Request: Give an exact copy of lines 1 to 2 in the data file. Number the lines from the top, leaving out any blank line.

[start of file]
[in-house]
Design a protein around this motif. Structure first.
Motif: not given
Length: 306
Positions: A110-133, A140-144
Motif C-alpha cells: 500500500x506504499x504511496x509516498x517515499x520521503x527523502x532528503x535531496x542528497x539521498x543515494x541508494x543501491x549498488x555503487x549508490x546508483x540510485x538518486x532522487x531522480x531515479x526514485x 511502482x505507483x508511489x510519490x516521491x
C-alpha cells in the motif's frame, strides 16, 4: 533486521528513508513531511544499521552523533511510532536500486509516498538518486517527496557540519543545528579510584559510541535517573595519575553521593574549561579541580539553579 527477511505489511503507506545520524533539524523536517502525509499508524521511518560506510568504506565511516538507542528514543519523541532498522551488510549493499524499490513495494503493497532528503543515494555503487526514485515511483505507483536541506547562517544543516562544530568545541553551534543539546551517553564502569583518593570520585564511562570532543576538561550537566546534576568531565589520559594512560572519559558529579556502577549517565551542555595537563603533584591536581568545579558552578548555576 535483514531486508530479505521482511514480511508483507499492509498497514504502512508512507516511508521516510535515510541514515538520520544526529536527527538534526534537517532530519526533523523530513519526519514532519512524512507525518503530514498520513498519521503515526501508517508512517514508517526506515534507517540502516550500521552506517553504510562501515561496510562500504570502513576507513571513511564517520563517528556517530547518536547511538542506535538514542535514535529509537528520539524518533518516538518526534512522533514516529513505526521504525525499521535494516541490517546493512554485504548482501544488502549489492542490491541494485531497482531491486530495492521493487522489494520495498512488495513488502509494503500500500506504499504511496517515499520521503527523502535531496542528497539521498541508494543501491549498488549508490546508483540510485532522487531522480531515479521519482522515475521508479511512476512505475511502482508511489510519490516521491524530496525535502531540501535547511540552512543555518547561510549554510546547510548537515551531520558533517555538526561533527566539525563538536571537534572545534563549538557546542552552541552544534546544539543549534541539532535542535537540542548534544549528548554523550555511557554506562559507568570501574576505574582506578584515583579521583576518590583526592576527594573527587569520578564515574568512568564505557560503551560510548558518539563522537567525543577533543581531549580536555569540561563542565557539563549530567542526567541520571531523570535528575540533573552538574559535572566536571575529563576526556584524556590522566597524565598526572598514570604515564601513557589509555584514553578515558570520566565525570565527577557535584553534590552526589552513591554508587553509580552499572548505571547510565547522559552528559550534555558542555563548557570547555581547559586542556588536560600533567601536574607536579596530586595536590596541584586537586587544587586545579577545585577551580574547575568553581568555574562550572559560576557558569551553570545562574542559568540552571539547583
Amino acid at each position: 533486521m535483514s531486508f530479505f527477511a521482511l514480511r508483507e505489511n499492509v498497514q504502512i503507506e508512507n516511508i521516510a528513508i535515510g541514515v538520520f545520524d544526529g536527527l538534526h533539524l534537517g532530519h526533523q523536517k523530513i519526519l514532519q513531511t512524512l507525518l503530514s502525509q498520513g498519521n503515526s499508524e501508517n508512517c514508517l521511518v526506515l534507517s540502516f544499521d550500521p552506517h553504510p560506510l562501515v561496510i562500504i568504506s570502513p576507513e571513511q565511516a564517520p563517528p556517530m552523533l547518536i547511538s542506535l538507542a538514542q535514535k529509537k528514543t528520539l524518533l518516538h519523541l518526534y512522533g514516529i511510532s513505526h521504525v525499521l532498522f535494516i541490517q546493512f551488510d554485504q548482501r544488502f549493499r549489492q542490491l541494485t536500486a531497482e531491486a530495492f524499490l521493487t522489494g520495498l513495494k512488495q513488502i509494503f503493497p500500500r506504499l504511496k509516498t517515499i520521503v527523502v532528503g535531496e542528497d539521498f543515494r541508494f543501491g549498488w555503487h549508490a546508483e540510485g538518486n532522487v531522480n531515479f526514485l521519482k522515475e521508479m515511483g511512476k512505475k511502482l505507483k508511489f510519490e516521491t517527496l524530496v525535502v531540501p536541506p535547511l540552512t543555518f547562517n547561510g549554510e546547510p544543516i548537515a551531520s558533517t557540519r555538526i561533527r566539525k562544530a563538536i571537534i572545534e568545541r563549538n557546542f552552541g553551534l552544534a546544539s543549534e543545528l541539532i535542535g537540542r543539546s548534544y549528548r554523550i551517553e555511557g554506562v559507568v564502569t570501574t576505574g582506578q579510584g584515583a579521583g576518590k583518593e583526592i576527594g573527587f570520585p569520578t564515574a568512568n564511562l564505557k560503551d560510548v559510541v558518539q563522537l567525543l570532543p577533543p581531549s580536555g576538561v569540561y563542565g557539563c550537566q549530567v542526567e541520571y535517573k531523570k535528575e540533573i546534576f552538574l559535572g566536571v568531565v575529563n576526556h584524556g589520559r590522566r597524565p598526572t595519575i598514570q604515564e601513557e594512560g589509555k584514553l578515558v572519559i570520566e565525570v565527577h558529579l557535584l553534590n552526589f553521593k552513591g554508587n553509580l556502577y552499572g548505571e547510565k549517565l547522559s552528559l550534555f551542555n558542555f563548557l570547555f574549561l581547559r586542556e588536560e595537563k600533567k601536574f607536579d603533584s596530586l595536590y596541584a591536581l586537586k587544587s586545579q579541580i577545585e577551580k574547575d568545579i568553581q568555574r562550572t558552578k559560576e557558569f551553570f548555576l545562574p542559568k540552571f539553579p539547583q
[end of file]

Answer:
[in-house]
Design a protein around this motif. Structure first.